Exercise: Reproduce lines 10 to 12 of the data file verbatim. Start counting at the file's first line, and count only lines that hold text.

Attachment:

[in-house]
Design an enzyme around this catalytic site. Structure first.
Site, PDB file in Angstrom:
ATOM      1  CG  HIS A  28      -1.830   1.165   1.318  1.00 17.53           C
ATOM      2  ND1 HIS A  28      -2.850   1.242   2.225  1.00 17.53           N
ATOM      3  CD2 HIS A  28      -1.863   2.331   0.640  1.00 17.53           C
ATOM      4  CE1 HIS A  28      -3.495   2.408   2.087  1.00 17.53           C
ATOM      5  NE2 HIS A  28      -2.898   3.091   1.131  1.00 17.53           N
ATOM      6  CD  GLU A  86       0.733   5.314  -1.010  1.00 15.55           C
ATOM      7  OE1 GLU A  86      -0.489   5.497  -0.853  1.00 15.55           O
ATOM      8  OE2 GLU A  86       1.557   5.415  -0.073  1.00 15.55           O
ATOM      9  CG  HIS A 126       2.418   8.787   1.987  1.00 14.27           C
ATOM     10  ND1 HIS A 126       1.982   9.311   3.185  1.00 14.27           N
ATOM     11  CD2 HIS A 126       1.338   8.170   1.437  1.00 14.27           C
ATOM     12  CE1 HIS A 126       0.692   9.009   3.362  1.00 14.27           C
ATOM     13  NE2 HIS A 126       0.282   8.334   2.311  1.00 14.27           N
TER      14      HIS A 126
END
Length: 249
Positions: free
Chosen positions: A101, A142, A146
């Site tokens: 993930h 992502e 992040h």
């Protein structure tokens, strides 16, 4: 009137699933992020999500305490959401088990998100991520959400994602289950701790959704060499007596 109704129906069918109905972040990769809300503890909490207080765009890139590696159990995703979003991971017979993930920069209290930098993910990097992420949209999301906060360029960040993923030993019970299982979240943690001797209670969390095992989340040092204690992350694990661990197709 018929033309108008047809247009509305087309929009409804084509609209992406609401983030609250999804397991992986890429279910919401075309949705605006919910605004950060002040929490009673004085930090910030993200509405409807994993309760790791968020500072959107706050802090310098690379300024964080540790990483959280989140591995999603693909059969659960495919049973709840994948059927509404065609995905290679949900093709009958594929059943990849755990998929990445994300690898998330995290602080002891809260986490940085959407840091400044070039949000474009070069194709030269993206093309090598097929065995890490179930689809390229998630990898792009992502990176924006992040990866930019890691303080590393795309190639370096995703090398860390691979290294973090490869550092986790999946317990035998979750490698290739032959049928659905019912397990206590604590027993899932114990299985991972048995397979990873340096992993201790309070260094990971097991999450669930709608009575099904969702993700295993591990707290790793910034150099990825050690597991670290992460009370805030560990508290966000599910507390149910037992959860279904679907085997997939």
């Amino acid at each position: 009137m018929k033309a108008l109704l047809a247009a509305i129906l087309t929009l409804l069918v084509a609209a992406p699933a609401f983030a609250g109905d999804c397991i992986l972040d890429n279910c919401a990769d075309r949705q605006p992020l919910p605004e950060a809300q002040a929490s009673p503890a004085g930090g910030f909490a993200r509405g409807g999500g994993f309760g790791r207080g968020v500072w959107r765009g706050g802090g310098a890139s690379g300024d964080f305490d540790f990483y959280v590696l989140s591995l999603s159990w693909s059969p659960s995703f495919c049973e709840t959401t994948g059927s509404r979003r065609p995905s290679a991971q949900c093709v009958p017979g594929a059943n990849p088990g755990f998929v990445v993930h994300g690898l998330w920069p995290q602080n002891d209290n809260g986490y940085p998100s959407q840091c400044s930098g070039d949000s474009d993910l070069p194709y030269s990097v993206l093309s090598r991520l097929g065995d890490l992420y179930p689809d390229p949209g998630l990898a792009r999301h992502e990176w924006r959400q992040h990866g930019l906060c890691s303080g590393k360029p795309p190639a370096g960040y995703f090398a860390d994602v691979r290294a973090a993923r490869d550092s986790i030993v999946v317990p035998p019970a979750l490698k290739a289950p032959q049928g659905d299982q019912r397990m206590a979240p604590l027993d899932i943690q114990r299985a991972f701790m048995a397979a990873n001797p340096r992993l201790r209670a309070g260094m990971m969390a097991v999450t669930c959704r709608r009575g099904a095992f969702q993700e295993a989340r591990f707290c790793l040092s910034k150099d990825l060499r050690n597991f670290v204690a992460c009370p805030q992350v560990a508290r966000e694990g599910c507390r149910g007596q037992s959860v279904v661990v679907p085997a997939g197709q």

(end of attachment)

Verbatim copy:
ATOM      7  OE1 GLU A  86      -0.489   5.497  -0.853  1.00 15.55           O
ATOM      8  OE2 GLU A  86       1.557   5.415  -0.073  1.00 15.55           O
ATOM      9  CG  HIS A 126       2.418   8.787   1.987  1.00 14.27           C